Indian payment facilitator Paytm will be onboarding customers for its payments bank with eKYC enabled by India’s voluntary national identification program, Aadhaar.
As of Sep. 5, 2016, 87 percent of India’s 1.2 billion people had registered for the unique 12-digit number. To register, residents have to bring three forms of identification (proof of identity, proof of address, proof of birthdate) to an enrollment center, where their fingerprints and irises will be scanned.
eKYC is non-documentary, using Aadhaar’s biometric tools, fingerprints and iris scans, and brings up the question: could countries without a national ID system use biometrics or similar methods to more quickly onboard not just banking consumers but merchants for payment facilitators?
The recent Treasury rule nicknamed the ‘beneficial ownership rule’ will require banks and probably those designated by banks, like PFs, to KYC not only one merchant owner but all owners with 25 percent ownership when they are not sole proprietors, and anyone who manages the business in the owners’ stead.
The extra KYC, if necessary based on how many owners and managers and whether the merchant is mom and pop (sole proprietor) or corporation, sure could use methods that are quicker, like as many paperless processes as possible.
There are caveats. We have seen in the past in other countries that when a national ID system is not mandatory it is not as useful as we might hope, as those in remote regions, or those who mistrust the government, will not use it. We have also seen corruption in Southeast Asia in mandatory chip identification.
“Aadhaar is an innovative system that can be helpful in many different regions,” says Deana Rich, president of Rich Consulting. “I have seen voluntary national ID systems fail in other regions, so while I hope this will work, I am not sure it can.”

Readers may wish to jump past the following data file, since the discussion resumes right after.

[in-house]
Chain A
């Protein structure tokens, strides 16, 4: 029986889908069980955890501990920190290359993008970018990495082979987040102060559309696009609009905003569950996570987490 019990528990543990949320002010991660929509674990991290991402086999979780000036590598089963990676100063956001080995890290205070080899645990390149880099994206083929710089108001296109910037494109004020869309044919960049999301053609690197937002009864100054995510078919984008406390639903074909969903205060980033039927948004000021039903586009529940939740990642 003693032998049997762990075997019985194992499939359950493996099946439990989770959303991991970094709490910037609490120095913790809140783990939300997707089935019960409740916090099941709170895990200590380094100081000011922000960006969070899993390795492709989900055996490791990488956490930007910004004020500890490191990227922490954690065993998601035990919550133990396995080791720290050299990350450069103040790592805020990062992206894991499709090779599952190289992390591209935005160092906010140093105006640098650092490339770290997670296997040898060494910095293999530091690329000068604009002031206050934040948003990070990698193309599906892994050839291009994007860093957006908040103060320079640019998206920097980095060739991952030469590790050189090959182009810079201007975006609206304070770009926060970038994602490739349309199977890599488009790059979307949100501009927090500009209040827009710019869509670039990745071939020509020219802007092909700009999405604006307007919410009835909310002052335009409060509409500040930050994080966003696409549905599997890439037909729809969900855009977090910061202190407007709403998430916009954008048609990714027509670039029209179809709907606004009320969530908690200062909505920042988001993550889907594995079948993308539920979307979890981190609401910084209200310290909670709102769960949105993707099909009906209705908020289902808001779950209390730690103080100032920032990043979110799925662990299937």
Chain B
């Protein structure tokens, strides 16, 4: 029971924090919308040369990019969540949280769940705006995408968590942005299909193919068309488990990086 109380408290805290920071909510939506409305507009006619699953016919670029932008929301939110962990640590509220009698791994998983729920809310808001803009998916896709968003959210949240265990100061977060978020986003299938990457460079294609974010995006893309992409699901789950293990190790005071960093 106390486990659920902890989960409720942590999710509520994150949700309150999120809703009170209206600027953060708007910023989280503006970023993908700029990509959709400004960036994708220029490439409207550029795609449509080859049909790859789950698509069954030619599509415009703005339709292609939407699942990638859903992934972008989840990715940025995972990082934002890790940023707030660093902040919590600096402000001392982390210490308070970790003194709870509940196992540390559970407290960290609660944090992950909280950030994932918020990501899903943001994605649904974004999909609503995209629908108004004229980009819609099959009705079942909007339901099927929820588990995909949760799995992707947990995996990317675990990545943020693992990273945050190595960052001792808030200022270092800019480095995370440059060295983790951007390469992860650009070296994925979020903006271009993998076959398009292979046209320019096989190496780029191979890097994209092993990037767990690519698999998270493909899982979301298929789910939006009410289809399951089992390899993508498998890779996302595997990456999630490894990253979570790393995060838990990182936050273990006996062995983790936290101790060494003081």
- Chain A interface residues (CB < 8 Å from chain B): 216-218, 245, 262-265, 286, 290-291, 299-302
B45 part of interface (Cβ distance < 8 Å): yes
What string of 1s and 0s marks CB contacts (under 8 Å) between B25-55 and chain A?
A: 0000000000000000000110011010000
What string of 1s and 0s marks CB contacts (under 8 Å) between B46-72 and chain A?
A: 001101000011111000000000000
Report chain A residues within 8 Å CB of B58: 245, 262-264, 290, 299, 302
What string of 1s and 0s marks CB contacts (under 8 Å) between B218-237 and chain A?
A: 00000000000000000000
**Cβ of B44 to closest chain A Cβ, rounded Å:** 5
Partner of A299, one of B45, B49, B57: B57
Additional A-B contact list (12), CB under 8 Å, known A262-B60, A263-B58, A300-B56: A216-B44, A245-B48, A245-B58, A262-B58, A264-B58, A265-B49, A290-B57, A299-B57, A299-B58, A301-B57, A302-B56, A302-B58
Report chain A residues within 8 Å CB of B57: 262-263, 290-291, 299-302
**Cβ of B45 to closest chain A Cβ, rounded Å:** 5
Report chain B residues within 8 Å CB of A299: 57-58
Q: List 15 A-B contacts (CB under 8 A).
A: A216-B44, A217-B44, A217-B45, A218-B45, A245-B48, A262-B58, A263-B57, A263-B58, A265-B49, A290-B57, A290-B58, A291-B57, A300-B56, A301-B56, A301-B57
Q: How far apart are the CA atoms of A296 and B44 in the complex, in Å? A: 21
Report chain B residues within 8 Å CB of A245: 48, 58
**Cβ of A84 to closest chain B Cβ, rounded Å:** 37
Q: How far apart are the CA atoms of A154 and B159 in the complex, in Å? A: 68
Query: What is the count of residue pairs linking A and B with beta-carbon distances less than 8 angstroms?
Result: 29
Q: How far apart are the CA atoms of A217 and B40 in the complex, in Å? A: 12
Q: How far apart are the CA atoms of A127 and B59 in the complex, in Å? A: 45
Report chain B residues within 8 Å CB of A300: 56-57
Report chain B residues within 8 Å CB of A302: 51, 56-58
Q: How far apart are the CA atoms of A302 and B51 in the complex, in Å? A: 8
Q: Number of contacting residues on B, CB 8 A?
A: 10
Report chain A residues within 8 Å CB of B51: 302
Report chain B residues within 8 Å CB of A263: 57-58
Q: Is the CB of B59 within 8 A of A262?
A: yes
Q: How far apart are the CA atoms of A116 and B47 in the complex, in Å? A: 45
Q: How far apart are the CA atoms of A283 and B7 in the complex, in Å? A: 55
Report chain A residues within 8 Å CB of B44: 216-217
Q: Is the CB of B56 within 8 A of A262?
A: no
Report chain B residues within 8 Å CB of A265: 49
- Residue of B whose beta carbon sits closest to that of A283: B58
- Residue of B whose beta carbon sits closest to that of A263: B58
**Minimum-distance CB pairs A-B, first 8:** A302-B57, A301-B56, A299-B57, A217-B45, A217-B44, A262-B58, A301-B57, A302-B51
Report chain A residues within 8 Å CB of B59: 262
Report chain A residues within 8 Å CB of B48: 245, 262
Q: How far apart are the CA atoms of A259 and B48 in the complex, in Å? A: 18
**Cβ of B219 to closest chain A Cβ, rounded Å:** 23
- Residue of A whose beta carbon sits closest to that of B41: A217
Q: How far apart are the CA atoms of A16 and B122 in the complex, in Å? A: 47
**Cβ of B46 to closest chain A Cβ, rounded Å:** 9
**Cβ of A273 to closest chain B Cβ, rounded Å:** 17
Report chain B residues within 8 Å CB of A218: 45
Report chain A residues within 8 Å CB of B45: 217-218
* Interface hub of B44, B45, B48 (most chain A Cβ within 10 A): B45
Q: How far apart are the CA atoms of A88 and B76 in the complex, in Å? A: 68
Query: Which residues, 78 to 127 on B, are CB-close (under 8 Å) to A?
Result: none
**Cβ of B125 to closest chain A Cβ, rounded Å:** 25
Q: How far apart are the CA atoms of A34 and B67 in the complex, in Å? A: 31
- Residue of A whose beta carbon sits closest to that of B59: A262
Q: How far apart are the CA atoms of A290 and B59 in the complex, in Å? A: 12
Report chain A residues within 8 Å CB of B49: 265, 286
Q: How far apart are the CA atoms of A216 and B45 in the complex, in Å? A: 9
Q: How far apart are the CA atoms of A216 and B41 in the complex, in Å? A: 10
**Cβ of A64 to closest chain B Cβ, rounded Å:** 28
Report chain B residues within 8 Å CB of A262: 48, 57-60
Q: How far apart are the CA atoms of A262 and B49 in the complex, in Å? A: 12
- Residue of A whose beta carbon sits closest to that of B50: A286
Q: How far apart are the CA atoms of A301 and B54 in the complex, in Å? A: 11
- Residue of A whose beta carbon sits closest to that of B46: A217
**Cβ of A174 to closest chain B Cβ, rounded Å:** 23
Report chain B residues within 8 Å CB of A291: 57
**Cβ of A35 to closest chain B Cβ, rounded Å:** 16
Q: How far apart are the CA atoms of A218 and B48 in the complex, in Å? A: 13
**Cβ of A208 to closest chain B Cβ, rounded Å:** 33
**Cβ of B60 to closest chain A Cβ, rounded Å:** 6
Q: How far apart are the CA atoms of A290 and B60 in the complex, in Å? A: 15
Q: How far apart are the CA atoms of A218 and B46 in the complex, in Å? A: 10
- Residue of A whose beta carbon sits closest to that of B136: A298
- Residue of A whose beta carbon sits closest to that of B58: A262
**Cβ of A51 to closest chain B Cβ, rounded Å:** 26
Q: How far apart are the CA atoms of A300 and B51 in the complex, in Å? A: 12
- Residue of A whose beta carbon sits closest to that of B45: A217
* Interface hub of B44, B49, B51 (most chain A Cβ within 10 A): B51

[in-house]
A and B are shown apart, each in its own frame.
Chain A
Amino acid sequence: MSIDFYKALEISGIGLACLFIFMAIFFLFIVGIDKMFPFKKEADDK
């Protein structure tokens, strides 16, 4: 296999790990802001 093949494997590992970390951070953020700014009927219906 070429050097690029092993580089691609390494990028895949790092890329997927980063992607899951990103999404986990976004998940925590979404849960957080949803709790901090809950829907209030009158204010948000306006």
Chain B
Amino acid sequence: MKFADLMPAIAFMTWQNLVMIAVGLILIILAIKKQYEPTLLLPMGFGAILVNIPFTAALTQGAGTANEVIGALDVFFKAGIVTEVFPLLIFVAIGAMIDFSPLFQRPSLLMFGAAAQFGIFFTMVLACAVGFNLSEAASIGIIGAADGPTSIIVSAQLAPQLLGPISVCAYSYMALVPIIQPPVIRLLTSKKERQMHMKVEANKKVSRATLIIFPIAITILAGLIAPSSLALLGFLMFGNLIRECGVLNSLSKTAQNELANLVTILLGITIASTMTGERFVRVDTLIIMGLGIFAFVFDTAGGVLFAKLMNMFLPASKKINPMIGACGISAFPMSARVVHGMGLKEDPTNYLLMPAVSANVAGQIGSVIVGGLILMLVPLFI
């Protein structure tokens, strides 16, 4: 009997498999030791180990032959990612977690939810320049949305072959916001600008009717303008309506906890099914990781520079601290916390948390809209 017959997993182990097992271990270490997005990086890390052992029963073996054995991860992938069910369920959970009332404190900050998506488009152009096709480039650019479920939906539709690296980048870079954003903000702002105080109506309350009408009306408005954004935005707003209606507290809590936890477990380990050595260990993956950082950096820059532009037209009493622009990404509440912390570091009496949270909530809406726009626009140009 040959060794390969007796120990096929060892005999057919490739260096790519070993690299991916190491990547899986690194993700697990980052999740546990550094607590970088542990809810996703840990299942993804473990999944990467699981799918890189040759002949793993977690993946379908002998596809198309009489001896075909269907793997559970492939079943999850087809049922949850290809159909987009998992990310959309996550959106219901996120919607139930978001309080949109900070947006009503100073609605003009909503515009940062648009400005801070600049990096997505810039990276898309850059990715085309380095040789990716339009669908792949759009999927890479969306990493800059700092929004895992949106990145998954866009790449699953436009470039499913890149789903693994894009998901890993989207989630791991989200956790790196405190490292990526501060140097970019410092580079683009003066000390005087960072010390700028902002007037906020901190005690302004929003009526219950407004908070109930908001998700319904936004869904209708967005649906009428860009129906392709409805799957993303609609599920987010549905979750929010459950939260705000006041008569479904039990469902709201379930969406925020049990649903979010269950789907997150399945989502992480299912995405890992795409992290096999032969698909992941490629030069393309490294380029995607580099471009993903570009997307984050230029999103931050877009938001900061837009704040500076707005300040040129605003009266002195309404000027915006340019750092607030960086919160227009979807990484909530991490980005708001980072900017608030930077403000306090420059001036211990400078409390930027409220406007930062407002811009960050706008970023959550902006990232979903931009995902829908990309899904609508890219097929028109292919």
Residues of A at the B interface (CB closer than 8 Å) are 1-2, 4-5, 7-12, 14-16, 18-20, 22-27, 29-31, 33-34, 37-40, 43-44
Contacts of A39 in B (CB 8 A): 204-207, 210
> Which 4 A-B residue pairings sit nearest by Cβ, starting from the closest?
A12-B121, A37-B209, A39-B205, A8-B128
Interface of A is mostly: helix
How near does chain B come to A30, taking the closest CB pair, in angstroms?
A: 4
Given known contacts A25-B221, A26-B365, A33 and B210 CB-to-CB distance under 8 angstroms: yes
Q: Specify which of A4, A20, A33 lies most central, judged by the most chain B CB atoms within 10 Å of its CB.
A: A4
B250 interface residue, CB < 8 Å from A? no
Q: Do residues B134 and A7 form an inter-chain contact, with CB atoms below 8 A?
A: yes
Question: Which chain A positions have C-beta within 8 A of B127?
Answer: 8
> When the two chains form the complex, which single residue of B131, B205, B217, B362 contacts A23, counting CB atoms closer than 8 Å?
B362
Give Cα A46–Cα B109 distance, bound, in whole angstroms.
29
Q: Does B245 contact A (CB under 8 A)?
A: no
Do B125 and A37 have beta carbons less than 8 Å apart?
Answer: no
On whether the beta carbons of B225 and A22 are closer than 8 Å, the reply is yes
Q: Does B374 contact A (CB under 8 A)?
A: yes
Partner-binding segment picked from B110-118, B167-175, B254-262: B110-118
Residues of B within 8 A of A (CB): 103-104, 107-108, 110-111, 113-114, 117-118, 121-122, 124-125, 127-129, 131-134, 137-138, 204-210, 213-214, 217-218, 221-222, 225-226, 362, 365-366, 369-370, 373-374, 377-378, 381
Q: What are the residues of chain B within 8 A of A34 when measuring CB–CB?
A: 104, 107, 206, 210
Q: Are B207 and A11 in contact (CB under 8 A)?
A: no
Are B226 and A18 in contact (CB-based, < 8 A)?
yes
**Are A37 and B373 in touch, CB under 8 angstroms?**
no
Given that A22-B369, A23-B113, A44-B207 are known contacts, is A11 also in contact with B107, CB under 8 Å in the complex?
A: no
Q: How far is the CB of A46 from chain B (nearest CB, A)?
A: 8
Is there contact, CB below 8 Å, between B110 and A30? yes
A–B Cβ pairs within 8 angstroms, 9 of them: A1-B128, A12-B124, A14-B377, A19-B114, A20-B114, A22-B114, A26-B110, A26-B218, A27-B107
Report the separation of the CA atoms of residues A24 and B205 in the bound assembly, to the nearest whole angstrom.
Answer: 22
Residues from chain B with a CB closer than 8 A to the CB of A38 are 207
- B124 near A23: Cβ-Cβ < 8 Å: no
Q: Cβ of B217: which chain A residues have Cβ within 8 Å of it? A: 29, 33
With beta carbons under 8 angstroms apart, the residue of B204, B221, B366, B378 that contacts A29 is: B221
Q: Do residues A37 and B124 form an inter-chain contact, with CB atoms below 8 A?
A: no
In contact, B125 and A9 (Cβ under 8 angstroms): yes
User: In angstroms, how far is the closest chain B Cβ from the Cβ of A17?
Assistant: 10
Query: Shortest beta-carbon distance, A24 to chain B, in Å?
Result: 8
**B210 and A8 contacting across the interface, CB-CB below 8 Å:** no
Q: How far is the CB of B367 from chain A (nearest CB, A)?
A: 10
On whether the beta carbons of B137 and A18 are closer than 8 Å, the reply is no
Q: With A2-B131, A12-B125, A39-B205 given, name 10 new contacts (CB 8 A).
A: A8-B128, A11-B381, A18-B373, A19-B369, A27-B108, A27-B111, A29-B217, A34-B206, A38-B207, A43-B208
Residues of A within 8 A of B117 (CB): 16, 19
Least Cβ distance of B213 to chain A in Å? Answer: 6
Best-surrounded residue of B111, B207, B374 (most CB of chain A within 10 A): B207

Richard Hartung, managing director for Singapore-based payments consultancy Transcarta, says the use of national IDs for KYC is case by case.
“Using a national ID for identification for customer onboarding is definitely possible in other markets,” he says. “The key is what the regulators allow. In some markets, the regulator does allow onboarding with the digital ID. In other markets, such as Thailand, the regulator requires the customer to come in to the bank to open an account.”
Hartung suggests innovations in identification and credit scoring can change the KYC game. One example is Lenddo, which uses patented technology and learning techniques to build predictive algorithms. Started as a micro-loan service, in January 2015, the firm opened its technologies globally for third parties, like banks, lending institutions, utilities companies and credit cards to cut risk, boost portfolio size, improve customer service, and verify applicants. It lets customers use data on Facebook, LinkedIn, Google, Yahoo and Twitter to identify themselves and prove their creditworthiness through their connections.
“Developments at some of the fintechs should make the process more secure,” Hartung says. “Companies such as Lenddo are using social media for customer verification, which reduces the risk.”